In this appeal the appellant railroads and environmental groups seek review of the District Court's decision. In general we are satisfied with the District Court's disposition of the case. The District Court was clearly correct in holding that it was without jurisdiction to review claims that the cost-benefit analysis prepared by the Corps failed to comply with the Water Resources Planning Act and various other statutes and regulations. We also agree that the Corps' Final Environmental Impact Statement (FEIS) fulfilled its obligations under NEPA. Finally, we agree that the Corps should have held a public meeting after receiving congressional authorization so that it could solicit comments on implementation of the project. We disagree, however, with the District Court's decision not to require such a meeting. Thus we affirm in part and reverse in part, remanding so that the District Court may amend its judgment to require the Corps to hold a public meeting. This meeting should be held within 30 days of the time the judgment, as amended, becomes final. To ensure that the meeting is not an empty formality, the District Court should also enter an order requiring the Corps to respond in writing to the objections made at the meeting. This response should be completed no later than 30 days after the meeting is held.
The Corps of Engineers first considered replacing existing Locks and Dam 26 with a new structure in the mid-1960's, when it became concerned about two problems: lack of capacity and structural instability. FEIS Vol. 1 at 1-2. The existing facility consists of a main lock, which is 600 feet long, and an auxiliary lock, which is 360 feet long. It has a maximum annual capacity of 73 million tons. Because the waterways to the north have a capacity of 108 million tons per year, and the waterways to the south have a capacity of 148 million tons, the Corps feared that the existing structure would act as a bottleneck that would restrict full use of the waterways system and delay shipping. Id. at ii, 1-2. These fears were apparently justified. Barges must now wait an average of at least ten hours to pass through the locks. Id. at 2; Board of Engineers for Rivers and Harbors Report (BERH Rep.) at 16 (Plaintiffs' Exhibit (PX) 427). Locks and Dam 26, which is founded on wooden piles driven into sand, also has a history of structural problems, including settlement, underseepage, and loss of foundation material. Physical deterioration has led to increased maintenance and operation costs, and may ultimately result in complete breakdown of the facility. FEIS Vol. 1 at 2, 6-11; BERH Rep. at i, 16-18.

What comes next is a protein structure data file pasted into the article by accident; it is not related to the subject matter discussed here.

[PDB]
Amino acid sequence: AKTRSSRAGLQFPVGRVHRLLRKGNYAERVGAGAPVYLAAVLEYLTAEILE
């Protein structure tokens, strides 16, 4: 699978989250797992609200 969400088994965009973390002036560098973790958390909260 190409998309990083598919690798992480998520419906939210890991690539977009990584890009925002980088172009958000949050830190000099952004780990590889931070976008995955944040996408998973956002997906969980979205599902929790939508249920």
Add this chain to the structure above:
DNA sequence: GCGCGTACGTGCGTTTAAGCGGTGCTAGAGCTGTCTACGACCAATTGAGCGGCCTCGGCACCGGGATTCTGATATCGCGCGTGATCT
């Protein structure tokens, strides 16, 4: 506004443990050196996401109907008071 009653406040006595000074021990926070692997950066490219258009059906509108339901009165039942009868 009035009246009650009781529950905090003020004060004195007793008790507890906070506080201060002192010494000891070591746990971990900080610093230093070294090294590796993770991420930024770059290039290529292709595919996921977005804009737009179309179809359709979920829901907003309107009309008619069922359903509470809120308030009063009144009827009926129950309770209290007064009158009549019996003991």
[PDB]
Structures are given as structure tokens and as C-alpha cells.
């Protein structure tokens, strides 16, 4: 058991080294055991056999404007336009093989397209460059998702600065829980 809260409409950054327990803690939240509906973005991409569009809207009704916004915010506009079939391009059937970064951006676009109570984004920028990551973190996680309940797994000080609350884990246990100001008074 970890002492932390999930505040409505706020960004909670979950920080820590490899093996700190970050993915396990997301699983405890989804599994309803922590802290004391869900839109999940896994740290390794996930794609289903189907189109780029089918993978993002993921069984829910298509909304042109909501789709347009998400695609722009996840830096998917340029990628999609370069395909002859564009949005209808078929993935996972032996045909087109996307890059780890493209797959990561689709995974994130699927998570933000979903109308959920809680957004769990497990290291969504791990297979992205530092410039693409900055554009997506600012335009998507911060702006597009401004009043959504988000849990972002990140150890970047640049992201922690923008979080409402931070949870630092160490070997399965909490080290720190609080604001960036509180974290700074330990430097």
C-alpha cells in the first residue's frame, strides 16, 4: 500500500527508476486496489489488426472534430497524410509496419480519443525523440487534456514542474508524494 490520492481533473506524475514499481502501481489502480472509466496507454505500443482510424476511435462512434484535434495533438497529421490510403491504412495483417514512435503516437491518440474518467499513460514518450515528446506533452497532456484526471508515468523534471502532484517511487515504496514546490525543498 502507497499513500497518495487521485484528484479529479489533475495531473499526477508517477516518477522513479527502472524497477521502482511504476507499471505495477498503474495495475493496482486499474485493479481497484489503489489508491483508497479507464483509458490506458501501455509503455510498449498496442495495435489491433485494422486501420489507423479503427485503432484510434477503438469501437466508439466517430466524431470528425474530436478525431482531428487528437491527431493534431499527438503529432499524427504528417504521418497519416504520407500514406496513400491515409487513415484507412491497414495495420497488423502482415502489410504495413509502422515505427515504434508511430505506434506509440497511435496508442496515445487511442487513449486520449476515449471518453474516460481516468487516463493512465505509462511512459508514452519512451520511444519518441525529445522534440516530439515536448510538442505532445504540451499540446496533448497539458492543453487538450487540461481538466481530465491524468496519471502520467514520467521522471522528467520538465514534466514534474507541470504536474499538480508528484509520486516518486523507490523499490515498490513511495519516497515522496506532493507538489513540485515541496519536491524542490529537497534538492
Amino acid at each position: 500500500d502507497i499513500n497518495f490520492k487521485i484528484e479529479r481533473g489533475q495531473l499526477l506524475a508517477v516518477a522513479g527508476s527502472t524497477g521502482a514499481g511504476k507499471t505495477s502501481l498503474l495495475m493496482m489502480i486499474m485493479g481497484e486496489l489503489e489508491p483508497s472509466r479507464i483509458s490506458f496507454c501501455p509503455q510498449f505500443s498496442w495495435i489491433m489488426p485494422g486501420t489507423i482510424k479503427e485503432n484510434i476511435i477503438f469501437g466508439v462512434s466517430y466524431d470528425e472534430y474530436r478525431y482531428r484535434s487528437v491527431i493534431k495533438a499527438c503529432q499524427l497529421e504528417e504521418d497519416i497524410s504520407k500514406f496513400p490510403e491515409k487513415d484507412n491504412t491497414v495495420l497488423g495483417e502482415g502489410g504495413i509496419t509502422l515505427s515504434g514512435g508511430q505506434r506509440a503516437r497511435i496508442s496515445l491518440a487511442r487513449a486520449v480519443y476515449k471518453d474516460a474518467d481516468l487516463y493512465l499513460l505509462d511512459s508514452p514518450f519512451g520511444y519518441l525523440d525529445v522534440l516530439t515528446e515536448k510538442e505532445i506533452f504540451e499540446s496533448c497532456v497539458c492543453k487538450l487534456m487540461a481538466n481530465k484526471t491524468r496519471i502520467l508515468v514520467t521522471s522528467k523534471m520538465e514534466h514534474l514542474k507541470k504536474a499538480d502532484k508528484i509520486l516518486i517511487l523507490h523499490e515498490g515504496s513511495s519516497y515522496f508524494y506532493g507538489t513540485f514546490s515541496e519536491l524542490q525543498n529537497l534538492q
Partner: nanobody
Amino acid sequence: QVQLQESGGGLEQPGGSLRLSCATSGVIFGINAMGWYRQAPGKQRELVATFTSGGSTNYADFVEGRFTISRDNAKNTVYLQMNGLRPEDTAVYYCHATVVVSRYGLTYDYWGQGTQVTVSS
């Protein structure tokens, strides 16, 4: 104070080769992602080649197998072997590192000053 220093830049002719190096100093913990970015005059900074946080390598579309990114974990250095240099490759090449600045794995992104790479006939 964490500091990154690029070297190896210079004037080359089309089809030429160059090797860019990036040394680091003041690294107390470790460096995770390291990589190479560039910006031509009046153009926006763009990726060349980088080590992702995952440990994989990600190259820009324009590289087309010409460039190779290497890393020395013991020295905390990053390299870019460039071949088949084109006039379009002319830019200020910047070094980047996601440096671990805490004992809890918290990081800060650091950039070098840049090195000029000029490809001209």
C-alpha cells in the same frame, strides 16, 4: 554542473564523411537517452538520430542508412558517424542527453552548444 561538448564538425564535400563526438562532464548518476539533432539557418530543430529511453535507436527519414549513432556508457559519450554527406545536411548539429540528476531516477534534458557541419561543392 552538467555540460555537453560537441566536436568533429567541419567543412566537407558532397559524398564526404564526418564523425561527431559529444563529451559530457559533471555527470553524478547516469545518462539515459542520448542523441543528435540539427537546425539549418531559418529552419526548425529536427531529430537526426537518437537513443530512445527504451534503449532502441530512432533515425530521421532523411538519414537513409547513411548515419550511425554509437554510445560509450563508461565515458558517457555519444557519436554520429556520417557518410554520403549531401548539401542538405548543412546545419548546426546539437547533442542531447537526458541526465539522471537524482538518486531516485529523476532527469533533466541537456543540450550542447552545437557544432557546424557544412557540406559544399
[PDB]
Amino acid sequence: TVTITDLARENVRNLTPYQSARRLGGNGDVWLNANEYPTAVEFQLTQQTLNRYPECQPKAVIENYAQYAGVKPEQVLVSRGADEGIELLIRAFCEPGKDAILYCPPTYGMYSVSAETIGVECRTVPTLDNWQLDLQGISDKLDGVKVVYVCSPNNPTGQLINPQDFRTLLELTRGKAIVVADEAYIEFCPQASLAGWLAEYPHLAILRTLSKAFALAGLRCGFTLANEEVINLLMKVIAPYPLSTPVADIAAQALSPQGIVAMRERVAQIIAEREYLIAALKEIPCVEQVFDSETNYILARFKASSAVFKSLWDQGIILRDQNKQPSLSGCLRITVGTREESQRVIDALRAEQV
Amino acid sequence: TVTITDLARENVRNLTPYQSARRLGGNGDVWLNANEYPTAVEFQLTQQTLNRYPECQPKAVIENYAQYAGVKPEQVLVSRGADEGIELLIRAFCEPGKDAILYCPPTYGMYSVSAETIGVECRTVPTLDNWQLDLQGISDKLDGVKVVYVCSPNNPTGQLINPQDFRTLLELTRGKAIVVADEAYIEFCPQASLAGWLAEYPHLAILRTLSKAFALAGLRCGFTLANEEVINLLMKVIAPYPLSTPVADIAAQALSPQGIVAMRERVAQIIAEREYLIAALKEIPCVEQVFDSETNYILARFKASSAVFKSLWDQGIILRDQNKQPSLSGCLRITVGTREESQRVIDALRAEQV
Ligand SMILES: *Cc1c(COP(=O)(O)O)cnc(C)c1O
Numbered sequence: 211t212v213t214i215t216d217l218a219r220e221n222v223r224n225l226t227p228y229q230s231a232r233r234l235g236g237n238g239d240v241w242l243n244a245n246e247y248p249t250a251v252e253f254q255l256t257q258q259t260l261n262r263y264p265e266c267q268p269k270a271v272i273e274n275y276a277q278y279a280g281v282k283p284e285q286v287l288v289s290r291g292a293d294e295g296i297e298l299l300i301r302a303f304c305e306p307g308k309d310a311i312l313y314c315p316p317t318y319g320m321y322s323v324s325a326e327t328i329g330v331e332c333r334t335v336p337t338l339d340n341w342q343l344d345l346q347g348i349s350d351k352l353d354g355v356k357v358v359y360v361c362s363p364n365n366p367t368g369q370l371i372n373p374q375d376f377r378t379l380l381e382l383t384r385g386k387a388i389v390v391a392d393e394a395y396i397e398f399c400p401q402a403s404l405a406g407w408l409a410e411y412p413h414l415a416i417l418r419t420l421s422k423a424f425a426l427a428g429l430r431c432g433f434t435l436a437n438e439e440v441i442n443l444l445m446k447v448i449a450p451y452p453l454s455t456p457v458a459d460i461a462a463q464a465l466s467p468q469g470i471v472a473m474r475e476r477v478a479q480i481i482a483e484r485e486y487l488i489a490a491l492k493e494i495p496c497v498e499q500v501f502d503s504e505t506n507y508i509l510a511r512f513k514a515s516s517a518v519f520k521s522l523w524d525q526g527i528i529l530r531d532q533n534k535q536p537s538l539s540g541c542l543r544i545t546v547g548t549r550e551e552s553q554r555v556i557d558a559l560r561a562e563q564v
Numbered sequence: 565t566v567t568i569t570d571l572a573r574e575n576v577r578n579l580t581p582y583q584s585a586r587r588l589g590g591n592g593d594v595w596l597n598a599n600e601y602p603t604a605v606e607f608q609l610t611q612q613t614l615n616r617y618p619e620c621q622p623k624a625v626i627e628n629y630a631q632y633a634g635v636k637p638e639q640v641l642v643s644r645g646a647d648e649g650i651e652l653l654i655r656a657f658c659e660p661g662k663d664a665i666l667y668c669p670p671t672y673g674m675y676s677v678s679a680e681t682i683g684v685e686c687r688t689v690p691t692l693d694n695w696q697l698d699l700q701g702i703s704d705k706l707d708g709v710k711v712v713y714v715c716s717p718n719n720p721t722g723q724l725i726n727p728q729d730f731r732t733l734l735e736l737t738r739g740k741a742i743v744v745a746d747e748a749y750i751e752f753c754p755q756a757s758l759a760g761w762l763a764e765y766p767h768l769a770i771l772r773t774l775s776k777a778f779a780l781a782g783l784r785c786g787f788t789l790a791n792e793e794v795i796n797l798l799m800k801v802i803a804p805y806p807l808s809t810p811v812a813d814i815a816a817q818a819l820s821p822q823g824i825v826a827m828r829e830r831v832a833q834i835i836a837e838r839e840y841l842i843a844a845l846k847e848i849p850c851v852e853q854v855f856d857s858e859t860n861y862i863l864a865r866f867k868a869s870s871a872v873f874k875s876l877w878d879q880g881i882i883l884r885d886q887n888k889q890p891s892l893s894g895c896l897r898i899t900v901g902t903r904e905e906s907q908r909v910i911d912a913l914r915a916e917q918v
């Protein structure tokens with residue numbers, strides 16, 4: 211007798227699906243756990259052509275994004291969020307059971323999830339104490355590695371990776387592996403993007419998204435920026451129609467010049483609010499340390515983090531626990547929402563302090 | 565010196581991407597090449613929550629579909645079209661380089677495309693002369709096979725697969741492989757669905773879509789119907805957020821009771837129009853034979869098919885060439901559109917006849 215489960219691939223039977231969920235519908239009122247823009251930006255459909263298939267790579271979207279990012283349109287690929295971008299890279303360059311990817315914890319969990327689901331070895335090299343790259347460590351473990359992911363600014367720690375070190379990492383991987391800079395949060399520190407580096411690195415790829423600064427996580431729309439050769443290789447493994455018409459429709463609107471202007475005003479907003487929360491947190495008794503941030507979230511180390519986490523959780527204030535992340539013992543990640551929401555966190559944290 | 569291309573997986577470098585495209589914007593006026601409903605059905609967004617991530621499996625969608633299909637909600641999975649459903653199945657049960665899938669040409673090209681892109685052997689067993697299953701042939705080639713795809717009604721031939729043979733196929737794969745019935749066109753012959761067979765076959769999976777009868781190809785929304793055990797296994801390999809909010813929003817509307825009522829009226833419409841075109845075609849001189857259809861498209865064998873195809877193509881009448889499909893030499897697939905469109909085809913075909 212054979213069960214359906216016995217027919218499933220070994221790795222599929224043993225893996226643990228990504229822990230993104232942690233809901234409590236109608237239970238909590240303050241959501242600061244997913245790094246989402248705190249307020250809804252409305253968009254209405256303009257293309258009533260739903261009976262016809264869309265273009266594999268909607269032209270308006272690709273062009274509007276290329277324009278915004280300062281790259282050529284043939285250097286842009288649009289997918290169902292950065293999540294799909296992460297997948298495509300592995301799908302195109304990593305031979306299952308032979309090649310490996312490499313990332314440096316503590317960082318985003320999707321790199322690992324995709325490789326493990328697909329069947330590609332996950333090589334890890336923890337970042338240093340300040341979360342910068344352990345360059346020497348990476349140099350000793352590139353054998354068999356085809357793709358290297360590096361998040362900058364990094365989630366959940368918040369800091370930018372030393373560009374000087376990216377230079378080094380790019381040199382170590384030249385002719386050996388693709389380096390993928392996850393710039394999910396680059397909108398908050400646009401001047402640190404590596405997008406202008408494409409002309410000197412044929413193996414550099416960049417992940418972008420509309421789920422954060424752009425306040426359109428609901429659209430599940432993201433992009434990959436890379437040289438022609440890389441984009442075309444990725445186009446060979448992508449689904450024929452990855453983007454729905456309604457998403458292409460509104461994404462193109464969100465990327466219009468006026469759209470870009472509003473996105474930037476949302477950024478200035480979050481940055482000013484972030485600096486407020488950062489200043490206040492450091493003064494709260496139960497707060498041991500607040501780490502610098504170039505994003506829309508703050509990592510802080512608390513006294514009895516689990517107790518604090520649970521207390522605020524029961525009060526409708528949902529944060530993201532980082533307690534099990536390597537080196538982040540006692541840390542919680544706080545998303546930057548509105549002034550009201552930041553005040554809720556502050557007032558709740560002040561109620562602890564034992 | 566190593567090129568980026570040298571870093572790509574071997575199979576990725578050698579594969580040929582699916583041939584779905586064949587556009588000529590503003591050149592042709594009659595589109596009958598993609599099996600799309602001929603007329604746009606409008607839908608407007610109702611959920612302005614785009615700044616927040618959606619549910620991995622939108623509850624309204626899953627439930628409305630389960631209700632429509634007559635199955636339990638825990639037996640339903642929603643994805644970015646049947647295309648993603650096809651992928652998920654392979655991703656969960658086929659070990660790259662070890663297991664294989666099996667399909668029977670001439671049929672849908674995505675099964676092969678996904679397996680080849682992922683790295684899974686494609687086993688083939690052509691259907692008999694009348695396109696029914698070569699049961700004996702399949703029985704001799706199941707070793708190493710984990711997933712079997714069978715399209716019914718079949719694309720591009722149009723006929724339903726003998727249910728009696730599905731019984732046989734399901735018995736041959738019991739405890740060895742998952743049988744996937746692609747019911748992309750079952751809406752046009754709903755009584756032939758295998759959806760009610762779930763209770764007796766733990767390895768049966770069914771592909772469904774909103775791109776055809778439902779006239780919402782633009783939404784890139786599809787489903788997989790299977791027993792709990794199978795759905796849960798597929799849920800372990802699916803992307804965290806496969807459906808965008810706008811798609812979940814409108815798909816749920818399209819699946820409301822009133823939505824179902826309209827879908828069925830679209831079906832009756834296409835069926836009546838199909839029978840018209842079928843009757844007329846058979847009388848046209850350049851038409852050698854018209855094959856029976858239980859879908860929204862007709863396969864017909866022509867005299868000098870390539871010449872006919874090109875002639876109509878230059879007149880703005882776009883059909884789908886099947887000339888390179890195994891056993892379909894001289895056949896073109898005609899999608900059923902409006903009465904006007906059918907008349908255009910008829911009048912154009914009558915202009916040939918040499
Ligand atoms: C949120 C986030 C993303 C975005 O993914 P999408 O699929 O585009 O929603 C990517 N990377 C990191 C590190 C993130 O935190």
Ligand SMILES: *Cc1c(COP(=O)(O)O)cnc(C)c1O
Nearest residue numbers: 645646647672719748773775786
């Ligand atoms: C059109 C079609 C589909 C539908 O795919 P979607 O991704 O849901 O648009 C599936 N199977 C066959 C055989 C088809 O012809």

Identifying the problems that afflict the current structure has proven to be far easier than finding an acceptable solution. Below we recount the long and complicated history of the Corps' efforts to replace Locks and Dam 26.
A. Pre-Authorization Planning
The first proposal to replace existing Locks and Dam 26 was made in 1968, when the Corps' St. Louis District Engineer recommended that a new dam and two 1,200-foot locks be constructed two miles downstream from the existing structure. This recommendation was reviewed by the Board of Engineers for River and Harbor (BERH), which was established by Congress to provide an independent review of water-related projects.10 The BERH submitted a report to the Chief of the Corps of Engineers in which it approved the project and recommended immediate implementation. The Chief of Engineers then sent a report to the Secretary of the Army, in which he asked the Secretary to approve construction. The Secretary granted approval, acting pursuant to Section 6 of the Rivers and Harbors Act of 1909, 33 U.S.C. § 5 (1976), which authorizes him to order maintenance and repair of existing navigation facilities. Between 1968 and 1974 the Corps prepared a series of design memoranda, see Design Memoranda (DM) (Defendants' Exhibit (DX) 33-43), and an Environmental Impact Statement (EIS) for this two-lock project, see EIS (PX 507). Congress appropriated construction funds in 1974. See Atchison V, supra, 480 F.Supp. at 984-985.
In August 1974, before construction of the replacement facility could start, the same environmental organizations and midwestern railroads that are appellants here filed suits in the District Court seeking to enjoin the project.11 The District Court immediately granted a temporary restraining order that halted bidding on the construction. Shortly thereafter the court issued a preliminary injunction stopping all further activity. Atchison, Topeka & Santa Fe R. Co. v. Callaway (Atchison I), 382 F.Supp. 610 (D.D.C.1974). The court stated that a preliminary injunction was justified because the railroads and environmentalists were likely to prevail on their claim that the Secretary of the Army lacked authority to approve the project under Section 6 of the Rivers and Harbors Act of 1909, 33 U.S.C. § 5 (1976).12 According to the District Court, that Act applies only when the Corps plans to repair an existing structure. Here, however, the Corps had proposed an entirely new facility. Before such a project can be implemented, Section 9 of the Rivers and Harbors Act of 1899, 33 U.S.C. § 401 (1976), requires that congressional authorization be obtained.13 382 F.Supp. at 616-617. The District Court also stated that a preliminary injunction was justified because the plaintiffs were likely to prevail on their claim that the Corps' EIS was inadequate. The court noted that the EIS failed to discuss the systemwide effects of the proposal and to consider reasonable alternatives to the plan. Id. at 620-623.